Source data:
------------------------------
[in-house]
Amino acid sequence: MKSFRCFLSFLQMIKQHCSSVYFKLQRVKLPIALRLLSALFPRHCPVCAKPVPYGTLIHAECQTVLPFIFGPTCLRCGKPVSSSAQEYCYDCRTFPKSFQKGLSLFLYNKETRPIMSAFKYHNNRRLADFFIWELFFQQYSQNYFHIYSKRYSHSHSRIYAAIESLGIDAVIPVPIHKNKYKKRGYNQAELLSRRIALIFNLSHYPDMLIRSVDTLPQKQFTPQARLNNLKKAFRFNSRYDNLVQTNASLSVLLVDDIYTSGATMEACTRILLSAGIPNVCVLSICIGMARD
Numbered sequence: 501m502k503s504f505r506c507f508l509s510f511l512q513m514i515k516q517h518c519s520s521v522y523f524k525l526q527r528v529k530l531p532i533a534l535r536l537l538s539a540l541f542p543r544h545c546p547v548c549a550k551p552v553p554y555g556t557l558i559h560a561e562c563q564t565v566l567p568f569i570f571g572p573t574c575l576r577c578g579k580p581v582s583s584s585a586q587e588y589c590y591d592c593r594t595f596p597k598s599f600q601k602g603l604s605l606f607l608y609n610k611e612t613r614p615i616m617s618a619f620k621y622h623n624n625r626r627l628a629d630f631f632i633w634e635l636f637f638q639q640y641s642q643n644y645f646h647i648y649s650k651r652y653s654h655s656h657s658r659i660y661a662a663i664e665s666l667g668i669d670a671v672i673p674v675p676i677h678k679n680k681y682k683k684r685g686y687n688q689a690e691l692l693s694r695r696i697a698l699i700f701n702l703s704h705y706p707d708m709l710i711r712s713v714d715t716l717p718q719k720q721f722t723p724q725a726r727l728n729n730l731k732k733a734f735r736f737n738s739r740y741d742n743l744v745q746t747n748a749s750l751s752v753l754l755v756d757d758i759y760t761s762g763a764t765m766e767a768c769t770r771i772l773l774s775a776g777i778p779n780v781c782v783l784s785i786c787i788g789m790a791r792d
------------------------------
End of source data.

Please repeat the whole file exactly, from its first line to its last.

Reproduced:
[in-house]
Amino acid sequence: MKSFRCFLSFLQMIKQHCSSVYFKLQRVKLPIALRLLSALFPRHCPVCAKPVPYGTLIHAECQTVLPFIFGPTCLRCGKPVSSSAQEYCYDCRTFPKSFQKGLSLFLYNKETRPIMSAFKYHNNRRLADFFIWELFFQQYSQNYFHIYSKRYSHSHSRIYAAIESLGIDAVIPVPIHKNKYKKRGYNQAELLSRRIALIFNLSHYPDMLIRSVDTLPQKQFTPQARLNNLKKAFRFNSRYDNLVQTNASLSVLLVDDIYTSGATMEACTRILLSAGIPNVCVLSICIGMARD
Numbered sequence: 501m502k503s504f505r506c507f508l509s510f511l512q513m514i515k516q517h518c519s520s521v522y523f524k525l526q527r528v529k530l531p532i533a534l535r536l537l538s539a540l541f542p543r544h545c546p547v548c549a550k551p552v553p554y555g556t557l558i559h560a561e562c563q564t565v566l567p568f569i570f571g572p573t574c575l576r577c578g579k580p581v582s583s584s585a586q587e588y589c590y591d592c593r594t595f596p597k598s599f600q601k602g603l604s605l606f607l608y609n610k611e612t613r614p615i616m617s618a619f620k621y622h623n624n625r626r627l628a629d630f631f632i633w634e635l636f637f638q639q640y641s642q643n644y645f646h647i648y649s650k651r652y653s654h655s656h657s658r659i660y661a662a663i664e665s666l667g668i669d670a671v672i673p674v675p676i677h678k679n680k681y682k683k684r685g686y687n688q689a690e691l692l693s694r695r696i697a698l699i700f701n702l703s704h705y706p707d708m709l710i711r712s713v714d715t716l717p718q719k720q721f722t723p724q725a726r727l728n729n730l731k732k733a734f735r736f737n738s739r740y741d742n743l744v745q746t747n748a749s750l751s752v753l754l755v756d757d758i759y760t761s762g763a764t765m766e767a768c769t770r771i772l773l774s775a776g777i778p779n780v781c782v783l784s785i786c787i788g789m790a791r792d